Prompted by fad diets and adjusted dietary guidelines, organizations revamp their healthy eating outreach
Given the pervasive headlines about the obesity endemic, the recent news from the American Journal of Preventive Medicine (AJPM) that Americans are not eating enough fruits and vegetables should not surprise anyone.
On March 19, the AJPM published a survey that found only 11% of the participants ate the recommended amount of both fruits and vegetables. The Johns Hopkins School of Public Health and Welch Center for Prevention, Epidemiology, and Clinical Research gathered the data from nearly 24,000 adults 18 and older.
Two-thirds of Americans are overweight or obese, and diabetes rates among both adults and children are surging, according to the National Health and Nutrition Examination Survey. An optimist might assume the effects of a poor diet would be incentive enough to choose apple slices instead of apple pie. But apparently, awareness campaigns are still needed to encourage proper fruit and vegetable consumption in the face of fad diets.
"Over the past 100 years, we've known how important fruits and vegetables are," says Elizabeth Pivonka, president and CEO of the Produce for Better Health Foundation (PBH). "More women working outside the home and people opting to do things with their time other than food preparation are just part of the issue."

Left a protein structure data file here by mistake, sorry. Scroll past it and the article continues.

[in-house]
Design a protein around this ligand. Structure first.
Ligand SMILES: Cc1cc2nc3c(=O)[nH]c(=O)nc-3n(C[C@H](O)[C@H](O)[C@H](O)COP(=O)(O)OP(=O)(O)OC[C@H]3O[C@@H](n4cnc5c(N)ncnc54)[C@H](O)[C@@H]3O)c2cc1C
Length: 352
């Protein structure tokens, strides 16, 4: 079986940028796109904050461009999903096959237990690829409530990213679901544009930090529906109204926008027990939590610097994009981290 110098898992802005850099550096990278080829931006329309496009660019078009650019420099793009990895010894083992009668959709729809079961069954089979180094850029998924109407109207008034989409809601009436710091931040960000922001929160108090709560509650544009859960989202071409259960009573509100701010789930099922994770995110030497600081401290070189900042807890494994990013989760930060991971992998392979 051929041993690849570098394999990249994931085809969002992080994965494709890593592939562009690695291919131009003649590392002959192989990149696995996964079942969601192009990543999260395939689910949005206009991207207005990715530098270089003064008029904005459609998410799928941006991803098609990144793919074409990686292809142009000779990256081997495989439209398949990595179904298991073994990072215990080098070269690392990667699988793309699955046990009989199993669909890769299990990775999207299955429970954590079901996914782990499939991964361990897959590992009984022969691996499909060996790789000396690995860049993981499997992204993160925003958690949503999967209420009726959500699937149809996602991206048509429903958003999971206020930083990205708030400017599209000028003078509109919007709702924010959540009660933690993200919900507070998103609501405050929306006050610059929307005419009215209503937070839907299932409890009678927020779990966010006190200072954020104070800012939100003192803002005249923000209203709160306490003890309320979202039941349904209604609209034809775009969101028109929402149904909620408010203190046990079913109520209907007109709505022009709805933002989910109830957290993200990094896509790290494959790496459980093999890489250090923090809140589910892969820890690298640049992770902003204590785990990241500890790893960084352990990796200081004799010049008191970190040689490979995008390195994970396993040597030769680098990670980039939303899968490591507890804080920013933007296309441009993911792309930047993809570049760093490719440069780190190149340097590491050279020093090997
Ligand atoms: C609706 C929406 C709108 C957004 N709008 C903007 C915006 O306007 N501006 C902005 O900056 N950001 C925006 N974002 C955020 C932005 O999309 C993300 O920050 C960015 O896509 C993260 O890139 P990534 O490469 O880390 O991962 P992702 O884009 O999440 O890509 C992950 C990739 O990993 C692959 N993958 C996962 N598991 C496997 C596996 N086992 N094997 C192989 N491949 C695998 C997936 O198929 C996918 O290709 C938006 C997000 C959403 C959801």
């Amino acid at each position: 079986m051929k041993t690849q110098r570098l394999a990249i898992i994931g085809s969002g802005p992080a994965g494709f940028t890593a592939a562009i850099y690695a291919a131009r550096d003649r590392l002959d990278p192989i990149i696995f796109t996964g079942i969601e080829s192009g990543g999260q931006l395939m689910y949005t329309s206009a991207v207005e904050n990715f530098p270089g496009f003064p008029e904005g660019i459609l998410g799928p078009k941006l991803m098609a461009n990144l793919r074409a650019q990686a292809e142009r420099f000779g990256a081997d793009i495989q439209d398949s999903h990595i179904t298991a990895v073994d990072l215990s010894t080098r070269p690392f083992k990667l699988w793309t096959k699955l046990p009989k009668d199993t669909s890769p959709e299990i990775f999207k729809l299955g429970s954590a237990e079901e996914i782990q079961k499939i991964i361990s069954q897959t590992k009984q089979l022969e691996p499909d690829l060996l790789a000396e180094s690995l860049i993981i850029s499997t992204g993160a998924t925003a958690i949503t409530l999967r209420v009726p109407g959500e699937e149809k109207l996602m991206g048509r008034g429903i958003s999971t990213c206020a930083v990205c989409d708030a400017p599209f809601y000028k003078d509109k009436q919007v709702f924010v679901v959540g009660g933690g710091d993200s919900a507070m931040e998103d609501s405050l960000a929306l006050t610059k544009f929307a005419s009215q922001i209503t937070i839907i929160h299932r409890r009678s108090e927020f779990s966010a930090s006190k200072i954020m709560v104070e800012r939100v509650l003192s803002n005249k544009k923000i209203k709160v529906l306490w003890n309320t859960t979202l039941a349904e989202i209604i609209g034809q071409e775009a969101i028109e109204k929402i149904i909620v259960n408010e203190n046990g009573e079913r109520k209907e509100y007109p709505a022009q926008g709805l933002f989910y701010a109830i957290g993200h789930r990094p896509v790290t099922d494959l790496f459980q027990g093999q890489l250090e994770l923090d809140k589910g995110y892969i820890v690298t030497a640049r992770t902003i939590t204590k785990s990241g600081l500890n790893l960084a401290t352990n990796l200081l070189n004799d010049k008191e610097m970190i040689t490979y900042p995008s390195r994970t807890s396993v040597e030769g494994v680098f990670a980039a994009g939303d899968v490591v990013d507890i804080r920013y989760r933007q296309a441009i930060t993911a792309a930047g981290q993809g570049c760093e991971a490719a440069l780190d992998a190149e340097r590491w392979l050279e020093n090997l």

The PBH has partnered with the Centers for Disease Control and Prevention (CDC) and a number of other health organizations to introduce "Fruits & Veggies - More Matters," a campaign promoting the consumption of fruits and vegetables in all their forms: fresh, frozen, canned, dried, and 100% juice. The group has created a public-private sector consortium in order to maximize outreach ability and scarce financial resources.
"More Matters" replaces the 15-year-old "5 A Day" talking points. That campaign has become inaccurate now that dietary guidelines use weight, height, and age as determining factors for fruit and vegetable consumption. In addition, the focus is now on cups of vegetables and fruits, rather than servings. The consortium expects this campaign to have a shelf life of 15 to 20 years.
"'5 A Day' [would have] had to change to '5 to 9 A Day,'" to be accurate, Pivonka says, "and people would have flipped had they heard '5 to 13 A Day.'"
"The whole idea is that no matter how many [fruits and vegetables] you're eating now, more will make a difference," says Mary Kay Solera, manager for the national fruit and vegetable program at the CDC. "The brand really puts it in a new light."
PBH is focusing heavily on reaching moms by placing tips like "Use leftover veggies for tomorrow's salad" on its Web site, fruitsandveggiesmorematters.org. Tips will also be placed prominently at supermarkets, with signage in different sections and stories in supermarket titles. The "More Matters" logo will also appear on food packaging.
There is also the "Fruits & Veggies - More Matters Challenge," which rewards two families that have the best fruit and veggie tips with a weekend of healthy cooking lessons at the Culinary Institute of America.
For its part, the CDC is working with states and the federal government on programs targeting such organizations as schools and the military. "Money [for marketing] can come and go, but when you have a community engaged, it may have more long-term success," says Solera.
The consortium and others hope the unhealthy choose vegetables over whatever fad diets are out there.
The American Dietetic Association (ADA), composed of 65,000 food and nutrition pros, just wrapped up March's National Nutrition Month, where it hosted grassroots events and offered advice, all in keeping with the theme "100% Fad Free."
"Fads have no staying power," says Susan Moores, an appointed spokeswoman with the ADA.